• Commit to consistency. Studies of high-performing, high-poverty schools (Chenoweth & Theokas, 2011) found many succeeded with the same "off-the-shelf" reading or math programs that fell flat elsewhere. The difference? A commitment to consistency.
  • Encourage reflective expertise. After a few years of gains, many turnaround schools hit a performance plateau. This didn't happen in the 33 schools Chenoweth and Theokas profiled, probably because after a few years of growth, they pushed through their plateaus by recognizing the need to move from adoption to adaption. They made adjustments to adopted programs to ensure they worked well for all students. That was only possible because they'd evolved into yet another phase of school culture, one that embraces collegiality, collaboration, and use of data to improve teaching practices.
  • Unleash innovation. Eventually schools may enter a final phase of culture that supports ongoing, rapid-cycle innovation. Schools that create innovative learning experiences for students appear to have a highly evolved culture that embraces failing forward, taking chances, and learning from mistakes—arguably, the culmination of a shared vision, commitment to consistency, and learning to learn together.
Successful leaders will tell you their success was years in the making. Research, however, tends to turn all the messiness, trial and error, and anxieties of school change into a sort of movie montage that makes it all seem easy. Admittedly, describing phases of school culture development runs the same risk: turning the patience, iterations, and tough decisions into a simplistic narrative. Yet if there's one insight we might gain from the montage metaphor, it's that cultures are dynamic. Even dysfunctional cultures can evolve into something better with thoughtful leadership. I wish I'd shared this insight with that principal in Connecticut.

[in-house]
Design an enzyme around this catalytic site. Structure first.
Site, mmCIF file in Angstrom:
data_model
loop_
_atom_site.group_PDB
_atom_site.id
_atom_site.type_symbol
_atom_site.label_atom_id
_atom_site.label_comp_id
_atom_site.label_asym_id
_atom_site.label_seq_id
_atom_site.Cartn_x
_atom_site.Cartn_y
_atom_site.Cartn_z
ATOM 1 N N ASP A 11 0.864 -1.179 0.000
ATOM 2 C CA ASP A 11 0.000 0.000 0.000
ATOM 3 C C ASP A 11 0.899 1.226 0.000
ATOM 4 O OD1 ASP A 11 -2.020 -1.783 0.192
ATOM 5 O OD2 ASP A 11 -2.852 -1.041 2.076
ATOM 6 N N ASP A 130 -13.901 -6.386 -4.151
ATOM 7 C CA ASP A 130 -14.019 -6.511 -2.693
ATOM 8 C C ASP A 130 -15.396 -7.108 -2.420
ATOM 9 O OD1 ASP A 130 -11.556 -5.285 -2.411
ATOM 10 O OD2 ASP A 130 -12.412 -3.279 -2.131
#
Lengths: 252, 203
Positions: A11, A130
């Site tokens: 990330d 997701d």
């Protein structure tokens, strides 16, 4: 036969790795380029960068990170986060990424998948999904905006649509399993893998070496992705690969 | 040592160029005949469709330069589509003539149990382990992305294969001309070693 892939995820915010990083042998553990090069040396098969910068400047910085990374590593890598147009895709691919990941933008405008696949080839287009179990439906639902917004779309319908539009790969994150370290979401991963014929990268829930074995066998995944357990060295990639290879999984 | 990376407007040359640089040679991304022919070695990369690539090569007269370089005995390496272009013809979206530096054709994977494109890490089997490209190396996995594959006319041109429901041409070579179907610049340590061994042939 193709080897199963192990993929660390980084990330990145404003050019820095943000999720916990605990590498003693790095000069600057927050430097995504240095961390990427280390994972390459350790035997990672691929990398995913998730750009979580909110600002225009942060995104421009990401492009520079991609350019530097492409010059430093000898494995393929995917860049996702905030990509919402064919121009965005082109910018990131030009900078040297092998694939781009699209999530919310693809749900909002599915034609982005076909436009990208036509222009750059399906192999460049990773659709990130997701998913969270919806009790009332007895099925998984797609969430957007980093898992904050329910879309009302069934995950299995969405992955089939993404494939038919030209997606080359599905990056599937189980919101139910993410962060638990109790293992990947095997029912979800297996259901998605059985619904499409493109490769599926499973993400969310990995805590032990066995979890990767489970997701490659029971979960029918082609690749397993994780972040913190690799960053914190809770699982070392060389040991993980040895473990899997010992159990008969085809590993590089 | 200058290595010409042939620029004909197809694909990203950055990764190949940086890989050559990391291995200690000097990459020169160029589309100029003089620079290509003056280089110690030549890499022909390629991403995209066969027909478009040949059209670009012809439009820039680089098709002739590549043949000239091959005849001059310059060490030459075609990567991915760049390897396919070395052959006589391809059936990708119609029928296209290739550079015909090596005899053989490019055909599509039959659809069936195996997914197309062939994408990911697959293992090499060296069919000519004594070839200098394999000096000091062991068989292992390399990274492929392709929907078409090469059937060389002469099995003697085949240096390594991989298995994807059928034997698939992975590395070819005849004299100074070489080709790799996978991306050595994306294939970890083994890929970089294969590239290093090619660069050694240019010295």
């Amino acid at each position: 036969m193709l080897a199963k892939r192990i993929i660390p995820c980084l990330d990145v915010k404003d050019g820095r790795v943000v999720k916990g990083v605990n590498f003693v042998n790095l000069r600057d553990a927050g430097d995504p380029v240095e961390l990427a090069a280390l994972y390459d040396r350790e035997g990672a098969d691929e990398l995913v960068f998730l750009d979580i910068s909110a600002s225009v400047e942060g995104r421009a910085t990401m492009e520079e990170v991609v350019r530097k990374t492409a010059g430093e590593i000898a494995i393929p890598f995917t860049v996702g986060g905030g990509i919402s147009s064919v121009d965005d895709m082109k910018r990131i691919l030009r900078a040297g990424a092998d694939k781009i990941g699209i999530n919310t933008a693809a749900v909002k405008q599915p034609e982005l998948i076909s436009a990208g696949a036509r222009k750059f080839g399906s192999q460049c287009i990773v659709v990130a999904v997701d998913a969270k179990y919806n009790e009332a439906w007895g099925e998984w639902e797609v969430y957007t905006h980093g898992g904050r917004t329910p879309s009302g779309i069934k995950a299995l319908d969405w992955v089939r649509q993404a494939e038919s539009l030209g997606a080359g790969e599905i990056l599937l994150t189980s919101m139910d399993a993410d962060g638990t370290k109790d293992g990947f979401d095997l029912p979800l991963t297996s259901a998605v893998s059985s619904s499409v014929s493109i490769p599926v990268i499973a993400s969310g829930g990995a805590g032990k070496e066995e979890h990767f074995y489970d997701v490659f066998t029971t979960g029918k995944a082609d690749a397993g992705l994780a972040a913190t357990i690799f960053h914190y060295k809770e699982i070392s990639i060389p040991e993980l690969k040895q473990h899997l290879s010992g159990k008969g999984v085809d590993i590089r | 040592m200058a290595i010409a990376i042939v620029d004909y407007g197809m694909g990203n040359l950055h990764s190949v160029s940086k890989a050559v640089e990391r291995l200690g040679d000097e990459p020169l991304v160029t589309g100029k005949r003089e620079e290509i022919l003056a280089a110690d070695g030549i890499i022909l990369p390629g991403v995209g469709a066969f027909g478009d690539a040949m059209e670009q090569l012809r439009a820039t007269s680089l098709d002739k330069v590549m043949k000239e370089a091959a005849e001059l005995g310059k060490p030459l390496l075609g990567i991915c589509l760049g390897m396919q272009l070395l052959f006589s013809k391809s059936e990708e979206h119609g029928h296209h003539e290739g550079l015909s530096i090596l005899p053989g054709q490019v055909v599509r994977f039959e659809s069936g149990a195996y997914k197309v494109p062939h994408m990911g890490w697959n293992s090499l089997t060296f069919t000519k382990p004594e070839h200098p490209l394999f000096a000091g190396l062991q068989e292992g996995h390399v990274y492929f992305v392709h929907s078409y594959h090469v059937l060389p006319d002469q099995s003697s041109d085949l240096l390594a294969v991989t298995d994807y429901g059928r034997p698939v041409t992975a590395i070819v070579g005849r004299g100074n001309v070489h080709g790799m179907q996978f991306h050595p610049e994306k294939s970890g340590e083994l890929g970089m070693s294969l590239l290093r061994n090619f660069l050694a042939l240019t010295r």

References

Brinson, D., Kowal, J., & Hassell, B. (2008). School turnarounds: Actions and results. Lincoln, IL: Center on Innovation & Improvement.

Bryk, A. S., & Schneider, B. (2003). Trust in schools: A core resource for school reform. Educational Leadership, 60(6), 40–45.

Chenoweth, K., & Theokas, C. (2011). Getting it done: Leading academic success in unexpected schools. Cambridge, MA: Harvard Education Press.

Edmonds, R. (1979). Effective schools for the urban poor. Educational Leadership, 37(1), 15–18, 20–24.

Goddard, R. D., Hoy, W. K., & Hoy, A. K. (2004). Collective efficacy beliefs: Theoretical developments, empirical evidence, and future directions. Educational Researcher, 33(3), 3–13.

Hoy, W. K., Tarter, C. J., & Hoy, A. W. (2006). Academic optimism of schools: A force for student achievement. American Educational Research Journal, 43(3), 425–446.

McREL. (2005). McREL Insights: Schools that "beat the odds." Aurora, CO: Author.

TNTP. (2012). Greenhouse schools: How schools can build cultures where teachers and students thrive. Brooklyn, NY: Author.

Bryan Goodwin is the president and CEO of McREL International, a Denver-based nonprofit education research and development organization. Goodwin, a former teacher and journalist, has been at McREL for more than 20 years, serving previously as chief operating officer and director of communications and marketing. Goodwin writes a monthly research column for Educational Leadership and presents research findings and insights to audiences across the United States and in Canada, the Middle East, and Australia.